It's that time of year where we look back and ruthlessly categorize all our activities from the past year, but most importantly what we've read. I feel as if I'm choosing between children because I read 50 books this year according to Goodreads, and most of them were good ones. But I'm being extremely cruel and picking a couple favourites. I did however, make categories because...yeah...that's as decisive as I could get.
The Goldfinch by Donna Tartt
I understand the criticisms of this book, but I still think it's a marvellous, sprawling, Dickensian-like novel with memorable characters, a twisty plot, and piles of worthwhile themes. It's ending is ambiguous but much more satisfying than Tartt's other great novel, The Secret History, which I also read and liked a lot this year.
Someone by Alice McDermott
This book is unassuming yet completely enthralling. A novel about the life of an ordinary woman but so beautifully told it brings tears to my eyes just thinking about it. It has a homey poignancy that I can't remember reading anything like it, and the prose is remarkably good. I would call this a Catholic novel because of it'd depth of understanding the hidden, inner, ordinary life being the key to spirituality and holiness.
The Light Between Oceans by M.L. Stedman
I thought this book was going to be something akin to romantic chick-lit but was blown away with what an incredible story was told. With descriptions that carry you to the Australian coast, insight into the mind of a veteran of World War I, and most importantly powerful and real telling of the sometimes tragic nature of love and family, this book has a lot going for it.
The Rosie Project by Graeme Simsion
I'm confident this will be a popular favourite in book lists this year but I feel it is deservedly so. The Rosie Project is a hilarious book but with a heartfelt story that doesn't feel sentimental or cloying when the writing could have easily ventured in those directions.
Five for Sorrow, Ten for Joy by Rumer Godden
I know I feel as if I say this for each book I read by Rumer Godden: but she blows me away with her ability to bring together the gruesome reality of our fallen, sin-laden lives with the beautiful, unseen ways of grace and faith and how complicated it is when the two come together. This book is no exception and a real marvel.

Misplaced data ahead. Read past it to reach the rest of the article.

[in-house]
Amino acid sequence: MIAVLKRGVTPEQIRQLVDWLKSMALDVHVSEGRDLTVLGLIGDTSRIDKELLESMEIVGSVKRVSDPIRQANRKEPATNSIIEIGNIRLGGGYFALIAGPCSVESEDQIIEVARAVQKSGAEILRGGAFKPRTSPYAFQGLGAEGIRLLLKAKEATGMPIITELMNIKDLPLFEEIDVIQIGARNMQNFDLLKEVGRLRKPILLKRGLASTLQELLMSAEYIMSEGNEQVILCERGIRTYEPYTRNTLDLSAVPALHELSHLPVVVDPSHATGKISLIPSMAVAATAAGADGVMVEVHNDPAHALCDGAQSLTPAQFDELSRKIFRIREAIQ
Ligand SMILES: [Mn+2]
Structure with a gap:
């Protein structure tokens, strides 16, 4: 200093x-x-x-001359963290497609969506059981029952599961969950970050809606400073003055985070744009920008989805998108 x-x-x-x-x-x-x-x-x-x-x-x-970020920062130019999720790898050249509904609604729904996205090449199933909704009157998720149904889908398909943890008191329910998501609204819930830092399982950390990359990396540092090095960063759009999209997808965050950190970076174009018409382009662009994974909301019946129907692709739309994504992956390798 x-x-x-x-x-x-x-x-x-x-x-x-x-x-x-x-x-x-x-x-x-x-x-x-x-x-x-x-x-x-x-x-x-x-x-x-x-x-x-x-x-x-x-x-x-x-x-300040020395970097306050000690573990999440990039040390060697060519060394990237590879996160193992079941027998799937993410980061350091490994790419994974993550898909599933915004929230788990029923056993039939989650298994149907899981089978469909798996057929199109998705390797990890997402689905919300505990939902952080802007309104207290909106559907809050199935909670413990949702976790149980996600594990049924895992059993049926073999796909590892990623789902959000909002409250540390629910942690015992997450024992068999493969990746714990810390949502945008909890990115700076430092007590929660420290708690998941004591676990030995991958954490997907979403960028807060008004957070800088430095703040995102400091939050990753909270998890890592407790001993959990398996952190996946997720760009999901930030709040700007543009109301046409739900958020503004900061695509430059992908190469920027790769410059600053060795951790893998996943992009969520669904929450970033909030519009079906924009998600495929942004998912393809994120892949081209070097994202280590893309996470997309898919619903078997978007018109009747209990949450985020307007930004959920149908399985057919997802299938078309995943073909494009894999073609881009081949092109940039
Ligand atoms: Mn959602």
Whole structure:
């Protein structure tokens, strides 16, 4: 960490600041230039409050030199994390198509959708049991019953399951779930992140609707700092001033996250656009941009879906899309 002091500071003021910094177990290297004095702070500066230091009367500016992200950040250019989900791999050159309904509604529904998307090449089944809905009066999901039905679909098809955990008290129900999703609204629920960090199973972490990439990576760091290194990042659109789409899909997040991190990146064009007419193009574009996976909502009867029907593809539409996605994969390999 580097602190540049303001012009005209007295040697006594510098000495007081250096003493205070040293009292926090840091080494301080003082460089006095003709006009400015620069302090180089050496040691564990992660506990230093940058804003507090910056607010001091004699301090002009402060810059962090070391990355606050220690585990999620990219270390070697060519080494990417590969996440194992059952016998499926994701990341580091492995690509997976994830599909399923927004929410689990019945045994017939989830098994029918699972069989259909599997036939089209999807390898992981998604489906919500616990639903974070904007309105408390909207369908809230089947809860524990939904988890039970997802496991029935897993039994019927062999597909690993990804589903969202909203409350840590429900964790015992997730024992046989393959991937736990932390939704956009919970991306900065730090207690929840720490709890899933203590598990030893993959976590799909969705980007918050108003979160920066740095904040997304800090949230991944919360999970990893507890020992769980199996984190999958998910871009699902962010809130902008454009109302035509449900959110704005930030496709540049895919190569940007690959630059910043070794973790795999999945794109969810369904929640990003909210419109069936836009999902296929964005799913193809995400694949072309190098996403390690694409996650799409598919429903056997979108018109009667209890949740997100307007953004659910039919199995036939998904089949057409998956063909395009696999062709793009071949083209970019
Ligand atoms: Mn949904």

Something Other Than God: How I Passionately Sought Happiness and Accidentally Found It by Jennifer Fulwiler
I'm not just putting this book on my list because Jennifer Fulwiler's my hero, it's because this book is exceptionally written and I can't help but feel that anyone who reads this book will come away with a rational, honest, experience of how people come to faith.
The Long Loneliness by Dorothy Day
Dorothy Day was a lot of things; social justice advocate, journalist, most likely a saint, but within a handful of pages of reading this book you know she's a writer. I liked seeing all the different aspects of her life in her own eyes, how she made sense of things, how things were all connected to a God and Church who loved people about all else. A spiritual memoir that shouldn't be missed.
My Life in Middlemarch by Rebecca Mead
All literary nerds please raise your hands! I thought this was a brilliantly written literary biography/memoir/exploration of the novel that told a good story of how literature still affects our lives today. It treats the subject matter of Middlemarch as well as Eliot herself with a respect and humility that is so often missed in this genre (cough, I'm looking at you A Jane Austen Education, cough). If you're any kind of literary nerd you'll enjoy this not just learn from, but to share nerdy joy.
I've been curious about this book since it was announced a while ago and it more than lives up to my hopes. Insightfully written by a gay Catholic who respects and practices Church teaching on homosexuality, this book offers so much that has been lacking not only in Catholic circles but to our society at large. Discussion about chastity, what it means to actually live as a gay person who doesn't explain away the way they are or Church teaching, what friendship can give to everyone but especially the gay person, and how we can welcome and bring gay Catholics more fully to the Church are all written about with clarity, humour, and intelligence.
Saint Francis of Assisi by G.K. Chesterton
I've read a lot of Chesterton and a lot of saint biographies, but I was surprised by almost everything about this book. Chesterton's wonder and love of St. Francis bursts through on every page and although it isn't a typical biography, you can't help but pick up on the depth of holiness and why his singular holiness transformed the Church.
Ten books! I did it! As usual you can find everything I read on Goodreads, and all my book reviews in the books tab on the sidebar.
Can't wait to hear what your favourite books of the year were!
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